Why Civil Litigation Matters to Safety: GM Edition

If you want to know why civil litigation matters to safety, take these links over to USA Today and read James Healey’s fine coverage of General Motor’s crappy, nine-years-too late 2005 Cobalt and Pontiac G5 recall, and attorney Lance Cooper’s request to the National Highway Traffic Safety Administration for a Timeliness Query investigation. (6 Killed in GM Cars with Faulty Ignition Switch; Lawsuit: GM Knew of Cobalt Ignition Problem; and Lawyer Asks Feds to Explain Recall Timing)  

After settling a lawsuit in which a 29-year-old woman died in crash caused by a defect known within GM since 2004, the automaker announced that it would recall a subset of vehicles plagued by ignition switches that wander from the run to the accessory or off position. These shifts  create an emergency situation while the vehicle is underway, disabling the airbags while cutting off the engine power, power brakes and power steering. The defect, which GM engineers discovered in 2004, before they began selling the 2005 Cobalt, was the central issue in Melton v General Motors.

Brooke Melton, 29, died in 2010 when the ignition switch in her 2005 Cobalt slipped into the accessory position as she drove along Highway 92 in Paulding County, Ga. Melton’s Cobalt skidded into another vehicle; she died of her injuries in the crash.

The incident was initially attributed to Melton simply losing control of her car on a rainy night. But the Melton family sought the counsel of attorney Lance Cooper, after facing a legal claim from the driver in the other vehicle. Cooper, a veteran of motor vehicle defect litigation, saw something that many lawyers would have overlooked and filed suit against GM.  The records he pried out of GM’s hands after 18 months of requests for production and a court order compelling the automaker to produce what it knew about the defect, revealed a long, sorry history. GM engineers had discovered the ignition switch problem during the Cobalt’s production stage, but the company sold them anyway. GM began to receive complaints about the problem almost immediately, and tried to make them go away with an October 2005 TSB covering the 2005 Cobalt and with a later TSB involving later model years of the Cobalt, the Pontiac G5, along with 2006-2007 Chevrolet HHR, the 2005-2006 Pontiac Pursuit in Canada; the 2006-2007 Pontiac Solstice; 2003-2007 Saturn Ion; and 2007 Saturn Sky. This “fix” – an ignition key cover that changed the design from a slot to a key hole – did not solve the problem.

“This case is the poster child for why civil litigation matters,” says Cooper, of the Cooper Law Firm, located in Marietta, Ga. “It’s my firm belief, even though we settled the case, that GM would not have recalled these vehicles but for this lawsuit. GM knew. NHTSA knew. And nothing was done until the Melton family decided that filing this lawsuit was the right thing to do.”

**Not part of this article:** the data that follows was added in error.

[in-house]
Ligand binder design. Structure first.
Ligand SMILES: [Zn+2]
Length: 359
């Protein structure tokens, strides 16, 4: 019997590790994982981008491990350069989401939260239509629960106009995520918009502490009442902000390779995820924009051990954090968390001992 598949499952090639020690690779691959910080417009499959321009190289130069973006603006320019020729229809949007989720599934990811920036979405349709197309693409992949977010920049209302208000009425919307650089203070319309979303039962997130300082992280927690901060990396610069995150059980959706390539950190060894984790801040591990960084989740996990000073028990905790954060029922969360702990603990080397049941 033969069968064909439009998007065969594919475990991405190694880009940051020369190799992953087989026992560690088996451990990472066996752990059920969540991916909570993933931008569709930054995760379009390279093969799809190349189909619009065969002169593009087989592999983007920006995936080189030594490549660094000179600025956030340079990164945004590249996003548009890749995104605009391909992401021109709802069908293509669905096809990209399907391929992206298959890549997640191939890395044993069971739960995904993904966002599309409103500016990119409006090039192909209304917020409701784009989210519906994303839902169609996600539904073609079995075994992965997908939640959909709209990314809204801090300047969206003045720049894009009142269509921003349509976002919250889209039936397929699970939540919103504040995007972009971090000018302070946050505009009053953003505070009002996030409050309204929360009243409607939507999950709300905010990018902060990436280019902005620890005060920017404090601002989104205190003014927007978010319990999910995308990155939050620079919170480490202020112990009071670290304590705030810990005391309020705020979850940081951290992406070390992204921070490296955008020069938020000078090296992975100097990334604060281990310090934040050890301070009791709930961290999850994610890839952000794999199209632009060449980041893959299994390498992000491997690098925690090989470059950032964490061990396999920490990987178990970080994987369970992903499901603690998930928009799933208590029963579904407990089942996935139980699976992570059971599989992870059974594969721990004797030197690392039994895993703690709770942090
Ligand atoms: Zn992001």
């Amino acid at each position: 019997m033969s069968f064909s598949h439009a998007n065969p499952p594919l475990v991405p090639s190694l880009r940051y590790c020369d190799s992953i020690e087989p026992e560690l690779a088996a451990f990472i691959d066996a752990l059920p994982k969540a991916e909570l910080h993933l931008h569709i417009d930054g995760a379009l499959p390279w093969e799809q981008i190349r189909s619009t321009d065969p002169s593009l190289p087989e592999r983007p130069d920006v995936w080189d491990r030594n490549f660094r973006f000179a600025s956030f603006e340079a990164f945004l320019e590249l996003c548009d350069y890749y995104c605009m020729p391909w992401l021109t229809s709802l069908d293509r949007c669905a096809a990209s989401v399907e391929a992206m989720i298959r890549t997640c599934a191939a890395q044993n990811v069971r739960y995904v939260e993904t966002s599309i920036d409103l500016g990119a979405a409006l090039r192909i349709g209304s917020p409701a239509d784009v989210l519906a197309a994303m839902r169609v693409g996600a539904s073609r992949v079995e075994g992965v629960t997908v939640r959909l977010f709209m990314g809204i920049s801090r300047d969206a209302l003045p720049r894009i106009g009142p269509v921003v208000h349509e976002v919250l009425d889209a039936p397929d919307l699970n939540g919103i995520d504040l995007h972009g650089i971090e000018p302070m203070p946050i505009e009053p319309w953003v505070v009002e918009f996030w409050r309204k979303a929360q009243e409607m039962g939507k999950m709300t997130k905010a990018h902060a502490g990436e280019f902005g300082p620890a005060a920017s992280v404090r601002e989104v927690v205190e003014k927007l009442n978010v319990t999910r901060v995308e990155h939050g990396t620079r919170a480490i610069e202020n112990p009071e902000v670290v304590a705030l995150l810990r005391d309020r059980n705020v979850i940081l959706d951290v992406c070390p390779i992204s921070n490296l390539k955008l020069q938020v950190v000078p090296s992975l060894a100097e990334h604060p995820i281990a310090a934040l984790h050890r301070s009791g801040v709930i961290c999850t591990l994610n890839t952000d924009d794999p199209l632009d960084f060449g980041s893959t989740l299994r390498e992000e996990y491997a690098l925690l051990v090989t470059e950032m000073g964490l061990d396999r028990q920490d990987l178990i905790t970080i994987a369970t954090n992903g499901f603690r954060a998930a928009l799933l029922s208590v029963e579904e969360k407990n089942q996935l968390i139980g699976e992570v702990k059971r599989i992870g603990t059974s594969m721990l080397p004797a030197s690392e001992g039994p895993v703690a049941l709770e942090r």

Right Under NHTSA’s Nose

How did NHTSA know?

In 2007, the agency contracted the Indiana Transportation Research Center to conduct a Special Crash Investigation (SCI) into an October 2006 fatal crash involving an airbag non-deployment in a 2005 Chevrolet Cobalt. The vehicle left the roadway, became airborne, vaulted over a driveway, hit a telephone utility box and then a clump of trees. Despite this, the airbags did not deploy, and the front seat passenger, who was unbelted, died in the crash. The report notes that it was not known why the vehicle left the roadway, during a time of light traffic and dry roads, nor was it known if the driver took any action to avoid the crash. The investigators apparently did not interview the driver, who survived the crash.

This SCI was initiated as an examination of the Cobalt’s Advanced Occupant Detection System, and the 30-page report is an astounding study in A Problem Hidden in Plain Sight. And although this probe ostensibly was triggered by questions surrounding the occupant sensing system and the airbag non-deployment, the investigators quickly zeroed in on the ignition switch problem. The EDR readout showed that the ignition was in the accessory position at the time of the crash and the SCI investigators directly linked this to the 2006 version of the ignition switch TSB, which covered seven affected GM models. In fact, the only extended root-cause analysis in the report surrounds the failure of the ignition switch:

“This may explain why zeros were recorded for vehicle speed and engine speed in the final two seconds of the pre-crash data. It is possible the ignition switch could have been knocked to the "accessory" position by the driver's leg or knee at the time of the vault. This investigation revealed that inadvertent contact with the ignition switch or a key chain in the 2005 Chevrolet Cobalt can in fact result in engine shut-down and loss of power. A GM service bulletin applicable to the 2005-2007 Chevrolet Cobalt entitled “Information on Inadvertent Turning of the Key Cylinder, Loss of Electrical System and No DTCs# 05-02-35-007 A ( 10/2512006)” describes this potential problem [see attached GM bulletin at the end of this report (Figure 25)]. The bulletin indicates that there is a potential for the driver to inadvertently turn off the ignition due to low ignition key cylinder torque/effort. The bulletin indicated this was more likely to occur if the driver is short and has a large and/or heavy key chain attached to the ignition key. The bulletin indicated the condition was documented to occur when a driver’s knee contacted a key chain while the vehicle was turning and the steering column was adjusted all the way down.”